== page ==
7 things you probably didn’t know about renting your property.

7 things you probably didn’t know about renting your property.

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Thinking of renting out your property? 

You might be surprised by what’s involved. From the financial implications to legal requirements, there are crucial factors many overlook. Discover the seven key things about property rental that could change the game for you as a landlord.

1. Financial Viability Matters

Before renting out your property, check if it’s worth it. Ask yourself: “Will the rent I get cover my costs?” Look at how much money you can make each month from rent. Then, think about your mortgage payments. If they’ve changed to buy-to-let, they might be higher. 

Don’t forget one-time costs like fixing things and getting the word out. You also have ongoing costs like keeping the place in good shape and paying for insurance. Remember, renting out your place means paying tax on what you earn. 

This check helps you see if renting out your property will make you money or not​​.

2. Different Rental Models

When renting out your property, you have a few choices. 

One way is to do it yourself. This means more work, like finding tenants and sorting out problems, but you might earn more. Another way is using a letting agent. They handle things for you, but they charge a fee. 

There’s also the rent-to-rent model. Here, you rent to someone who then rents it out to others. If you like, try Airbnb for short stays. It’s flexible but can be a bit of a hassle. Lastly, there’s rent to buy, where tenants pay towards eventually buying the property. Each way has its ups and downs​​.

3. Property Prep is Crucial

Getting your property ready for tenants is very important. Rightmove recommends starting with a deep clean. Make sure every corner looks spotless. If anything needs fixing or updating, like the kitchen or bathroom, get it done. A modern touch helps a lot. Sort out any problems, like damp or broken things. 

Use simple, light colors for walls to appeal to more people. Good lighting is key too, especially for those who might work from home. Don’t forget the outside. A neat garden and a nice front door make a great first impression​​.

4. Effective Marketing

To find tenants fast, you need good marketing. Put your property on popular websites like Rightmove and Zoopla. Make sure your adverts have great photos and all the key details like rent and what’s nearby. Use social media and local groups to spread the word.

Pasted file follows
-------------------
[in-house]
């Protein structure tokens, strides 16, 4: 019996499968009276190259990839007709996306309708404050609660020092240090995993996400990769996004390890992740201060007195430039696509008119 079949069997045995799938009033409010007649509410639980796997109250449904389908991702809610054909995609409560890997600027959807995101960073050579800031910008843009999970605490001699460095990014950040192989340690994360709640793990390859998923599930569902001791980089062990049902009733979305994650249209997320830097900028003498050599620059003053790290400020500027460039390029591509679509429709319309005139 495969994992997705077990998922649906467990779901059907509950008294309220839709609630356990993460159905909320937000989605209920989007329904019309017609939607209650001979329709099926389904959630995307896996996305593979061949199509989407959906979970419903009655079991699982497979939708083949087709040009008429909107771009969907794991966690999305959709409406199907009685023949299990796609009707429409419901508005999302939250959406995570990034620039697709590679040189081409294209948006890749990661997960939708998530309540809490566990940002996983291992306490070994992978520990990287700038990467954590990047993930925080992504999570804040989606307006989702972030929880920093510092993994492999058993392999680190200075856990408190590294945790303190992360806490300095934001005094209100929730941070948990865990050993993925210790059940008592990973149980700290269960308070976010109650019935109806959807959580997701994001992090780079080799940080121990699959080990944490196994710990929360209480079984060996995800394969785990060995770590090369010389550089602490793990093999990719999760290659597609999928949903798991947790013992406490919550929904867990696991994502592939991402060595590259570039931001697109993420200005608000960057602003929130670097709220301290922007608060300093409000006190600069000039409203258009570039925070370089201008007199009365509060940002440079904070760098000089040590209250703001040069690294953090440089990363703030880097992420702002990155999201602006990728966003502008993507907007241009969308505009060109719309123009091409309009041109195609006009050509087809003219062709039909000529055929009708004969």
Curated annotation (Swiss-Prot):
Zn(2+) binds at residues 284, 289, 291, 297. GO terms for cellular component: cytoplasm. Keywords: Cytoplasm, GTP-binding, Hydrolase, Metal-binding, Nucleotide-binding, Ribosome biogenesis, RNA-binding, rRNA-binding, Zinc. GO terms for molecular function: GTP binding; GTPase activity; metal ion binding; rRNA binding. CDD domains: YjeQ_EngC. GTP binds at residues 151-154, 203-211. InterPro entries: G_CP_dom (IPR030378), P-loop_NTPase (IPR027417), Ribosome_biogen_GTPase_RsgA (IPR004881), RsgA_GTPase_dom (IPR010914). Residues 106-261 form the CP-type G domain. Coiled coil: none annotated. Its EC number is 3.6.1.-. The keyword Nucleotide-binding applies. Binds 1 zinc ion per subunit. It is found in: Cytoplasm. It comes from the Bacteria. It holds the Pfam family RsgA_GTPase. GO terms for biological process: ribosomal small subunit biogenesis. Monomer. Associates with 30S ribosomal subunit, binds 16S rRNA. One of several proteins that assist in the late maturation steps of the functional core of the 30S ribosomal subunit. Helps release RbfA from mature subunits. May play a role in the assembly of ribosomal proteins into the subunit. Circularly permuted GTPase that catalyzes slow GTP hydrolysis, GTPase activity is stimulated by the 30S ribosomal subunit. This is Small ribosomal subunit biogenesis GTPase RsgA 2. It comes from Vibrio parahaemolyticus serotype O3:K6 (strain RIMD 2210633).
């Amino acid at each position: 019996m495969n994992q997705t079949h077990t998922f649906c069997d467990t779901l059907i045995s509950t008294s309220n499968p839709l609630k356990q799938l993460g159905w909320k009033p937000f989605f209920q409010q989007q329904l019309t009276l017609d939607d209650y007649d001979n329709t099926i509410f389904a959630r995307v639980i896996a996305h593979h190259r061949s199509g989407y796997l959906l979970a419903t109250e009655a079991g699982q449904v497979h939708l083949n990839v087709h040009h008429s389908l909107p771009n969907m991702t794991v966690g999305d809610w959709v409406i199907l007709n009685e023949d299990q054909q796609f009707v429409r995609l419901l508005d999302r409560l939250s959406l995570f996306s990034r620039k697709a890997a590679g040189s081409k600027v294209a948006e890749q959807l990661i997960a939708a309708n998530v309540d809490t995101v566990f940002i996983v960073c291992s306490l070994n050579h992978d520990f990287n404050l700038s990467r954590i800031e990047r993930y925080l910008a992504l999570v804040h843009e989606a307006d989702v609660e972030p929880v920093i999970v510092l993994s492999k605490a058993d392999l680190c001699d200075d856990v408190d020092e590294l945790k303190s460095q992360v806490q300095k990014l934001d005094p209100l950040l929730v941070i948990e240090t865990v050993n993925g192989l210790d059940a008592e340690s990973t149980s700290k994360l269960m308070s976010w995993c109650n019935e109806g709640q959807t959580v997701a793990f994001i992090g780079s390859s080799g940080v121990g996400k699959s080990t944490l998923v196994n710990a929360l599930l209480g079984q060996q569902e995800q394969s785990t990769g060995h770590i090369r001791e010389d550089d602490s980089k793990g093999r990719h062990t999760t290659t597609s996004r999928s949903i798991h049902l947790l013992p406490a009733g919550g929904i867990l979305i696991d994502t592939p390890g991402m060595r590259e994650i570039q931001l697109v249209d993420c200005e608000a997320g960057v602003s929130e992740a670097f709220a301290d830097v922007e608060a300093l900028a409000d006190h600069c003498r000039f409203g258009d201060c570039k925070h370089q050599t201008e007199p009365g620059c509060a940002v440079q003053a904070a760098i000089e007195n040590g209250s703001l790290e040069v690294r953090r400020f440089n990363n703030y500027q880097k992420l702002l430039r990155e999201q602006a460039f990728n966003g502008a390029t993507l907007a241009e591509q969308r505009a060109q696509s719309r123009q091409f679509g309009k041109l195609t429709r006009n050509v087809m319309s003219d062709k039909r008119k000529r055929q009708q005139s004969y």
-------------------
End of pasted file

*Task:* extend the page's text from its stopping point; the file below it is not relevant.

You can also hand out flyers in the area. A sign outside the property works too. Don’t forget to tell people you know. Friends and family can help find someone. Good marketing means more people see your property, helping you find tenants quickly​​.

5. Thorough Tenant Vetting

It’s important to check who you’re renting to. Make sure they can pay the rent. Ask for their payslips. Get references from past landlords. These tell you if they pay on time and look after the place. You need to check their ID, job, and if they’re allowed to live in the UK. 

Do a credit check to see if they pay their bills. Meet them yourself. This helps you see if they’re the right fit. You can also get a company to check tenants for you. This makes sure you find good people for your property​​.

6. Setting the Right Rent

Choosing how much rent to ask for is important. Look at what other places like yours charge. Your rent should be fair and match what the area offers. If you set it too high, you might not find tenants. Sometimes, asking for a bit less than others can get you a tenant quicker. 

Treat all your tenants the same with rent. Don’t charge some more than others. Every year, think about whether you need to change the rent. This should go with how costs go up over time​​.

7. Legal Compliance

When you rent out your property, you must follow the law. Make sure you have the right safety certificates for gas and electricity. Protect your tenant’s deposit in a government scheme. Treat all tenants fairly and without discrimination.

Learn about when you can deduct interest rates and how mortgage payments work. For example, landlords often don’t know that you cannot deduct mortgage interest on a rental property. Not knowing this can put you in an uncomfortable position with the authorities. 

Final Takeaway

When renting out your property, legal compliance is key. Ensure you have valid gas and electricity safety certificates and protect tenants’ deposits properly. Treat all tenants fairly, and if your property houses many people, like in a shared house, you may need a specific licence. 

Following these legal guidelines is essential to avoid trouble and to build trust with your tenants. It’s about providing a safe and fair environment for everyone involved in the rental process.

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